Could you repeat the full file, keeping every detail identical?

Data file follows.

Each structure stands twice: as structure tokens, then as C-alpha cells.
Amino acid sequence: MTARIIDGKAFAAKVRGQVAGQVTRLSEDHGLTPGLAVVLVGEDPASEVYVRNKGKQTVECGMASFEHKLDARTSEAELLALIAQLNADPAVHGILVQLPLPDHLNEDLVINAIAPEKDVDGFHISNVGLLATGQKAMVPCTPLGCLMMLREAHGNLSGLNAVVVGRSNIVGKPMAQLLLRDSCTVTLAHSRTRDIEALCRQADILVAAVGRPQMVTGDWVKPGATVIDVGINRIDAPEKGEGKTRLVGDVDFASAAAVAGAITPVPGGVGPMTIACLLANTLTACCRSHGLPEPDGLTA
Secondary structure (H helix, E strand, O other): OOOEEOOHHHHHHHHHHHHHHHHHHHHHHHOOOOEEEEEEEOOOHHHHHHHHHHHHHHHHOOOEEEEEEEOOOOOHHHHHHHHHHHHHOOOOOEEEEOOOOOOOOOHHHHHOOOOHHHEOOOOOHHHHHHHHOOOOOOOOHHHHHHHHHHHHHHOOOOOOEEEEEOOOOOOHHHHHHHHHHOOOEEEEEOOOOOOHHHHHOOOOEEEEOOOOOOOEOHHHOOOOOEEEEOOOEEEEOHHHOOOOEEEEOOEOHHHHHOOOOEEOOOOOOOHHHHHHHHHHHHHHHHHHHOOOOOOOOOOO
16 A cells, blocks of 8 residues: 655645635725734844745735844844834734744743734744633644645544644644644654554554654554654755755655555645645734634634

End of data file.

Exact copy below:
Each structure stands twice: as structure tokens, then as C-alpha cells.
Amino acid sequence: MTARIIDGKAFAAKVRGQVAGQVTRLSEDHGLTPGLAVVLVGEDPASEVYVRNKGKQTVECGMASFEHKLDARTSEAELLALIAQLNADPAVHGILVQLPLPDHLNEDLVINAIAPEKDVDGFHISNVGLLATGQKAMVPCTPLGCLMMLREAHGNLSGLNAVVVGRSNIVGKPMAQLLLRDSCTVTLAHSRTRDIEALCRQADILVAAVGRPQMVTGDWVKPGATVIDVGINRIDAPEKGEGKTRLVGDVDFASAAAVAGAITPVPGGVGPMTIACLLANTLTACCRSHGLPEPDGLTA
Secondary structure (H helix, E strand, O other): OOOEEOOHHHHHHHHHHHHHHHHHHHHHHHOOOOEEEEEEEOOOHHHHHHHHHHHHHHHHOOOEEEEEEEOOOOOHHHHHHHHHHHHHOOOOOEEEEOOOOOOOOOHHHHHOOOOHHHEOOOOOHHHHHHHHOOOOOOOOHHHHHHHHHHHHHHOOOOOOEEEEEOOOOOOHHHHHHHHHHOOOEEEEEOOOOOOHHHHHOOOOEEEEOOOOOOOEOHHHOOOOOEEEEOOOEEEEOHHHOOOOEEEEOOEOHHHHHOOOOEEOOOOOOOHHHHHHHHHHHHHHHHHHHOOOOOOOOOOO
16 A cells, blocks of 8 residues: 655645635725734844745735844844834734744743734744633644645544644644644654554554654554654755755655555645645734634634